Ten months after being appointed White House chief of staff, Bill Daley, former Commerce Secretary and trusted aide to presidents and presidential candidates for decades, announced that he is turning over much of his responsibility for the day-to-day management of the White House to longtime insider Peter Rouse. The official White House line is that Daley will be focusing more of his energies on the upcoming campaign, and that the move was in no way a demotion. Behind the scenes, of course, the picture is very different.
Let me be clear at the outset: I am a huge fan of Bill Daley and have been since working closely with him in the 1984 cycle. I have met few people in politics with his combination of smarts, savvy, integrity and loyalty. He is as tough as nails, but no one is more compassionate, more eager to help a friend, or more loyal to his colleagues and candidates. While I don't see him that often, he has never been too busy to take a call or answer an email when I've needed help or advice.
Need I add that that kind of loyalty and judgment is rare in politics.
But Daley has been under the gun in Washington since taking the hardest job in American politics, which to me says more about Washington than it does about him. He has been compared, unfavorably, to his predecessor, Rahm Emanuel, even though Emanuel, when he was in that job, was compared unfavorably to Attila the Hun.
In press accounts, there are two big raps against Daley: that he didn't treat Congress with the fawning respect they deserve, and that he didn't see himself as the "leaker in chief" whose job was to play the media against one another with himself as the kingmaker in the middle.
The criticism of his congressional-relations skills seems almost ludicrous to those who know him well. This is the guy who carried NAFTA — the North American Free Trade Agreement — through Congress for Bill Clinton, deftly walking the line between the president and the unions, discreetly twisting arms and counting votes, securing approval of what was then thought of as a poison pill by many Democrats with traditional working-class constituencies. You don't do that if you don't know how to play the game.
No, the rap has not been that Daley doesn't know how to play, but that he doesn't spend enough time doing it one on one. He actually prefers phone calls to meetings. He doesn't hole up in members' offices, making them feel like kings and queens. Imagine, the guy actually thinks he has a country to help run — actually, a world — which keeps him from being a fixture on the Hill and at nightly congressional receptions. Emanuel was there. Emanuel worked out in the White House gym, buttonholing congressmen in the buff. Rahm Emanuel, on that score, is missed much more than he was liked.
The press piece proceeds along similar lines. Emanuel played reporters against one another. He was stunningly skilled at selective leaks to favored reporters, spending much of his time rewarding friends and punishing critics in an effort, often successful, to encourage positive stories and discourage critical ones. The press may not have liked him better, but they feared him more.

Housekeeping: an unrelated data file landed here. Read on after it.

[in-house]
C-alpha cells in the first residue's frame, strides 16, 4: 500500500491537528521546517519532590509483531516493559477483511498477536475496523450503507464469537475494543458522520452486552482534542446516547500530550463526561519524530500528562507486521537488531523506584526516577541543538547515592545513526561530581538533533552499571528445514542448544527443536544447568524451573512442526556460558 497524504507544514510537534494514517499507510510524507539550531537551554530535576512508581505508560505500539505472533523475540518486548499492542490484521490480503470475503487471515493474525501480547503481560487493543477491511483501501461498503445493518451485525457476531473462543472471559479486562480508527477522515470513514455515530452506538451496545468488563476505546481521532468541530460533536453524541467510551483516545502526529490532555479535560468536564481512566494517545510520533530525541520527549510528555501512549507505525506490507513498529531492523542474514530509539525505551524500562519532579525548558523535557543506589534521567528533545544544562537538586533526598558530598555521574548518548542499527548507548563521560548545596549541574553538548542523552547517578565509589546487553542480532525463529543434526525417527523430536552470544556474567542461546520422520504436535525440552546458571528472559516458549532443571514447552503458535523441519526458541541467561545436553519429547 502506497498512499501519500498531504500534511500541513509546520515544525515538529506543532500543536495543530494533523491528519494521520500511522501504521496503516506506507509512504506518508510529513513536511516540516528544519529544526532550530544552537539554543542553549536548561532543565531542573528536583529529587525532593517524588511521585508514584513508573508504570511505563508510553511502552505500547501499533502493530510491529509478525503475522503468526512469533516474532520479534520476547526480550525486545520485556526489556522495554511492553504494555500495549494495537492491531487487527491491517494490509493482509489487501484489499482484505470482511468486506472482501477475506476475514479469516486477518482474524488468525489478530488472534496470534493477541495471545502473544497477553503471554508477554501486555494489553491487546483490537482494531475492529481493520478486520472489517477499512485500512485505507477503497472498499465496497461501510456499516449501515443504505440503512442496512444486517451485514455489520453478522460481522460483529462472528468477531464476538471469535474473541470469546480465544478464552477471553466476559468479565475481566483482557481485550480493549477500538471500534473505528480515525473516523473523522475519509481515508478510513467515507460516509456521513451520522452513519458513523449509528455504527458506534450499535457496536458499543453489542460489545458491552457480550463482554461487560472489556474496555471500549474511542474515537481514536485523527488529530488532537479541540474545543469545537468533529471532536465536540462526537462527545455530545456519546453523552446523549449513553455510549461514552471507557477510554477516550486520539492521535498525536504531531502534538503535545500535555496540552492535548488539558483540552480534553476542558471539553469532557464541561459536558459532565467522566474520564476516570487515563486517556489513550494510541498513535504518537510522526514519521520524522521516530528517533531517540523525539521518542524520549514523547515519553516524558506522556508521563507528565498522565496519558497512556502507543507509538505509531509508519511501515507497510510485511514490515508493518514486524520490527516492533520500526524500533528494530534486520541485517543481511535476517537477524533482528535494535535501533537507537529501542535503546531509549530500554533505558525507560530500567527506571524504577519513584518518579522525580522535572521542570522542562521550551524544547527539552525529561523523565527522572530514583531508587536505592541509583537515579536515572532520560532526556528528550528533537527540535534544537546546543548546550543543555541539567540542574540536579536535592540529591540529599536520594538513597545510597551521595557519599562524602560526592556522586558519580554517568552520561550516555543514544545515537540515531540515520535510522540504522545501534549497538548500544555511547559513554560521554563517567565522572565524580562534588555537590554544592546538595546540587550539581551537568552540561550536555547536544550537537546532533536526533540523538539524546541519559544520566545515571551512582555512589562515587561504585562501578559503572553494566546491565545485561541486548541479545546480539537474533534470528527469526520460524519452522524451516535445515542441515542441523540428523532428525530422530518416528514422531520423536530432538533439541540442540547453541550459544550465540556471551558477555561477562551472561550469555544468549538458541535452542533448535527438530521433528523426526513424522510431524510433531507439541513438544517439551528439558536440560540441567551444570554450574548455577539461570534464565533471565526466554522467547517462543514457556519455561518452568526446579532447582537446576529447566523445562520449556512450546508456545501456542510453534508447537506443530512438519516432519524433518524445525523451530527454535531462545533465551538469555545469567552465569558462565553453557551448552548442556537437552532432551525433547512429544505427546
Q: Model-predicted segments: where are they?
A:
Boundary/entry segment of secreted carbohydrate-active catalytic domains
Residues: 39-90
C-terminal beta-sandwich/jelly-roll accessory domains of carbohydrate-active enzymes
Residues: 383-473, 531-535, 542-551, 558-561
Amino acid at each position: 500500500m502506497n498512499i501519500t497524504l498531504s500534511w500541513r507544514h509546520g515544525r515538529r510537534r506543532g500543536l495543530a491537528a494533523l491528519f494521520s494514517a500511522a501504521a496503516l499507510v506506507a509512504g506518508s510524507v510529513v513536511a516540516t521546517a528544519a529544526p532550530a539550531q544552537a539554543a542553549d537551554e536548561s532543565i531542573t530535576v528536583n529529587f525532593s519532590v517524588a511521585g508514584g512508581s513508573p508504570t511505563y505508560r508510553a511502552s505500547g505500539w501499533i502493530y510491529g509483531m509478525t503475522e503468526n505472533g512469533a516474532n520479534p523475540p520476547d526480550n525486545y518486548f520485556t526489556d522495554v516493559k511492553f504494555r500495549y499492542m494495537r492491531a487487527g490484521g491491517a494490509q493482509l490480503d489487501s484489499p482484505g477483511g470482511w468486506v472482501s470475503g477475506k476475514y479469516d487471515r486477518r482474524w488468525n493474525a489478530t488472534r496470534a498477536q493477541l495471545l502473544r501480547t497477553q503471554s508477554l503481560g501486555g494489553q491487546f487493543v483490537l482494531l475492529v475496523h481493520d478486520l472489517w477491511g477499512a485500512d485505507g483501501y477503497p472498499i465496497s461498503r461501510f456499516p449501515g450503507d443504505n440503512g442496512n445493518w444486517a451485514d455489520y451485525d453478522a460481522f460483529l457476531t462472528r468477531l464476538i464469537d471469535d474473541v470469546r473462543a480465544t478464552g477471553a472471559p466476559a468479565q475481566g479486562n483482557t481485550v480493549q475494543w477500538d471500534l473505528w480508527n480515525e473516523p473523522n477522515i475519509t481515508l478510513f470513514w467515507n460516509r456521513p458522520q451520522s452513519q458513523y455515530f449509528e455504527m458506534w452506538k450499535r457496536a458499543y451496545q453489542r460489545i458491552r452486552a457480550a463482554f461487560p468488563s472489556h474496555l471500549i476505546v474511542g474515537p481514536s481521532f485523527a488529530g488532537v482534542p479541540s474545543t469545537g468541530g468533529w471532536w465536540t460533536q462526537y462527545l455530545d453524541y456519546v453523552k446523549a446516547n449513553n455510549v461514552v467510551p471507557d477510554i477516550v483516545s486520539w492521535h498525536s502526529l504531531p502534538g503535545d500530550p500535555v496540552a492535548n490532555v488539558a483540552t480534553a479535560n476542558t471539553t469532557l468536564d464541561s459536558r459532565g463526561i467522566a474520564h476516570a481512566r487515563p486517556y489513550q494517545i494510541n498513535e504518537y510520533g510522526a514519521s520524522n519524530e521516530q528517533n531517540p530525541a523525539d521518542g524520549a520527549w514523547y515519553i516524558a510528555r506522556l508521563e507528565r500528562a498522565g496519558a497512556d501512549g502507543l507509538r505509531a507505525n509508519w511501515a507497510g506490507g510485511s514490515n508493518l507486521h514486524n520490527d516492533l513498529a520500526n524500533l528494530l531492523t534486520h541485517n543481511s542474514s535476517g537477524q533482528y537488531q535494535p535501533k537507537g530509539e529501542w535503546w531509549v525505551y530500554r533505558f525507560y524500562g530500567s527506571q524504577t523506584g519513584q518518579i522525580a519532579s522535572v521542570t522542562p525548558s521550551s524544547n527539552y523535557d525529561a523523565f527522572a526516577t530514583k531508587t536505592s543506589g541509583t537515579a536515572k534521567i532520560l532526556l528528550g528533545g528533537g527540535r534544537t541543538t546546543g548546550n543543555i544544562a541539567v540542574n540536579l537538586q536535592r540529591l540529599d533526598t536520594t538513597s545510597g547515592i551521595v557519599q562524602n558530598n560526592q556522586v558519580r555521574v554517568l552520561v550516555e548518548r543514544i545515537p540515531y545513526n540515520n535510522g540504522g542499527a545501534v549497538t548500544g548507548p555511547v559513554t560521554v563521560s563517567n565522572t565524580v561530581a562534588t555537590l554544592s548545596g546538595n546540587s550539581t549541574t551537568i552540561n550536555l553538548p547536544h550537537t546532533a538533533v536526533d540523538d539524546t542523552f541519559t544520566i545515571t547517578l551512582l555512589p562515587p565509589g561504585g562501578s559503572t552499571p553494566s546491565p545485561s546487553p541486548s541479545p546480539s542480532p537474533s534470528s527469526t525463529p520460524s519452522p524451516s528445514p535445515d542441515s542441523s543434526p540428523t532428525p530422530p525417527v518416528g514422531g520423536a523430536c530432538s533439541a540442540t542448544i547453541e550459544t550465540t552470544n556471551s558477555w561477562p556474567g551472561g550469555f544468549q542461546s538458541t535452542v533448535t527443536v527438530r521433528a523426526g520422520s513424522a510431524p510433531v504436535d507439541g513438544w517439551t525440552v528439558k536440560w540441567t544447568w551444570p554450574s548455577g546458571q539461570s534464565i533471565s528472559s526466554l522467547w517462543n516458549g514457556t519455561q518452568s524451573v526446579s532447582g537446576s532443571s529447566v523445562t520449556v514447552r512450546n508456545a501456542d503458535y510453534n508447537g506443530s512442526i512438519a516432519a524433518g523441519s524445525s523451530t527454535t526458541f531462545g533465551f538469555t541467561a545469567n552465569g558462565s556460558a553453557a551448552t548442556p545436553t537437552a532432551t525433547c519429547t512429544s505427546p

Daley has admitted that he didn't see himself as leaker in chief, much less as the center of a complicated game of playing the press the way the most popular girl at the dance plays the boys. He was, in my book at least, too grown up; or at worst, too naive to see that playing the leaking game was more important than focusing on policy issues. Imagine. What a failure of judgment for a chief of staff.
Rouse certainly is more likely to spend his time courting Congress, praising Congress, going to meetings, inviting them to the White House, doing what it takes to make 535 prima donnas feel like they are the most important people on the planet. That may help the president. He is also more likely, and I'm not suggesting this doesn't matter, to spend time mentoring young staffers, sharing pictures of his cats with junior employees, keeping his door open to anyone with something to say. People say it's more fun and more rewarding to work for Rouse, and certainly that matters. These same people, however, say it was much less fun to work for Emanuel, which has not prevented him from emerging as an icon of leadership, at least since his departure.
In the end, what really got Daley in trouble, it appears, was not his restraint in dealing with Congress and the media, but his openness about what is wrong with Washington. His days were numbered when he had the audacity to speak the truth, on the record no less, and criticize "both Democrats and Republicans (who) have made it very difficult for the president to be anything like a chief executive."
That is not something a Democratic chief of staff is supposed to say. He's supposed to say it's all the fault of Republicans, that they alone have poisoned Washington and undermined the presidency, that the cancer is limited to their side of the aisle. Democratic members may have been chafing at getting calls instead of visits, but holding them responsible was almost certainly the nail in the coffin.
And that's too bad, because, as he has been so many times in his career, Bill Daley is right. And until both sides understand that, no president — Republican or Democrat — is going to have anything but a difficult time in his job.
To find out more about Susan Estrich and read features by other Creators Syndicate writers and cartoonists, visit the Creators Syndicate website at www.creators.com.
COPYRIGHT 2011 CREATORS.COM